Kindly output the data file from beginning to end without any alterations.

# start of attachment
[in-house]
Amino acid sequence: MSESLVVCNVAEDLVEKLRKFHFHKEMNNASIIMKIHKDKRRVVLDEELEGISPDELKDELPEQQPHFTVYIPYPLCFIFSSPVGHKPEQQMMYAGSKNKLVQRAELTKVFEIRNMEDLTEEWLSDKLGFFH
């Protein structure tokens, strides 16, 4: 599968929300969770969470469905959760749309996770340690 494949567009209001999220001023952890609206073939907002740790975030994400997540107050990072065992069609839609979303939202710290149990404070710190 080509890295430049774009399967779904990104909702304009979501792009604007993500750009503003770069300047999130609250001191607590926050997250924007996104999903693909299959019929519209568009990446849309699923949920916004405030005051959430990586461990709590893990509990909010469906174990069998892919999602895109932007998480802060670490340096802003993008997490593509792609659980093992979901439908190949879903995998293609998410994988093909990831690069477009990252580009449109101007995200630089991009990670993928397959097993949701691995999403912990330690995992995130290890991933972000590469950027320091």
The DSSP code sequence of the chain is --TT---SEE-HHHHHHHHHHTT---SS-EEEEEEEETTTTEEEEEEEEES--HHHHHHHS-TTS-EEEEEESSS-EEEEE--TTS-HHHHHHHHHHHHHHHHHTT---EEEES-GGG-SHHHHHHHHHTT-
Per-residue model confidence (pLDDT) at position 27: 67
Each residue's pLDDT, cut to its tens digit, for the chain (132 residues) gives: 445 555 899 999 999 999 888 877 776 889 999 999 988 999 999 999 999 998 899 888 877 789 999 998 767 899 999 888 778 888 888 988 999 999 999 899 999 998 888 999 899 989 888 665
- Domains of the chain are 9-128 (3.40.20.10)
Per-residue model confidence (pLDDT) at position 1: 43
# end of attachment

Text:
[in-house]
Amino acid sequence: MSESLVVCNVAEDLVEKLRKFHFHKEMNNASIIMKIHKDKRRVVLDEELEGISPDELKDELPEQQPHFTVYIPYPLCFIFSSPVGHKPEQQMMYAGSKNKLVQRAELTKVFEIRNMEDLTEEWLSDKLGFFH
């Protein structure tokens, strides 16, 4: 599968929300969770969470469905959760749309996770340690 494949567009209001999220001023952890609206073939907002740790975030994400997540107050990072065992069609839609979303939202710290149990404070710190 080509890295430049774009399967779904990104909702304009979501792009604007993500750009503003770069300047999130609250001191607590926050997250924007996104999903693909299959019929519209568009990446849309699923949920916004405030005051959430990586461990709590893990509990909010469906174990069998892919999602895109932007998480802060670490340096802003993008997490593509792609659980093992979901439908190949879903995998293609998410994988093909990831690069477009990252580009449109101007995200630089991009990670993928397959097993949701691995999403912990330690995992995130290890991933972000590469950027320091």
The DSSP code sequence of the chain is --TT---SEE-HHHHHHHHHHTT---SS-EEEEEEEETTTTEEEEEEEEES--HHHHHHHS-TTS-EEEEEESSS-EEEEE--TTS-HHHHHHHHHHHHHHHHHTT---EEEES-GGG-SHHHHHHHHHTT-
Per-residue model confidence (pLDDT) at position 27: 67
Each residue's pLDDT, cut to its tens digit, for the chain (132 residues) gives: 445 555 899 999 999 999 888 877 776 889 999 999 988 999 999 999 999 998 899 888 877 789 999 998 767 899 999 888 778 888 888 988 999 999 999 899 999 998 888 999 899 989 888 665
- Domains of the chain are 9-128 (3.40.20.10)
Per-residue model confidence (pLDDT) at position 1: 43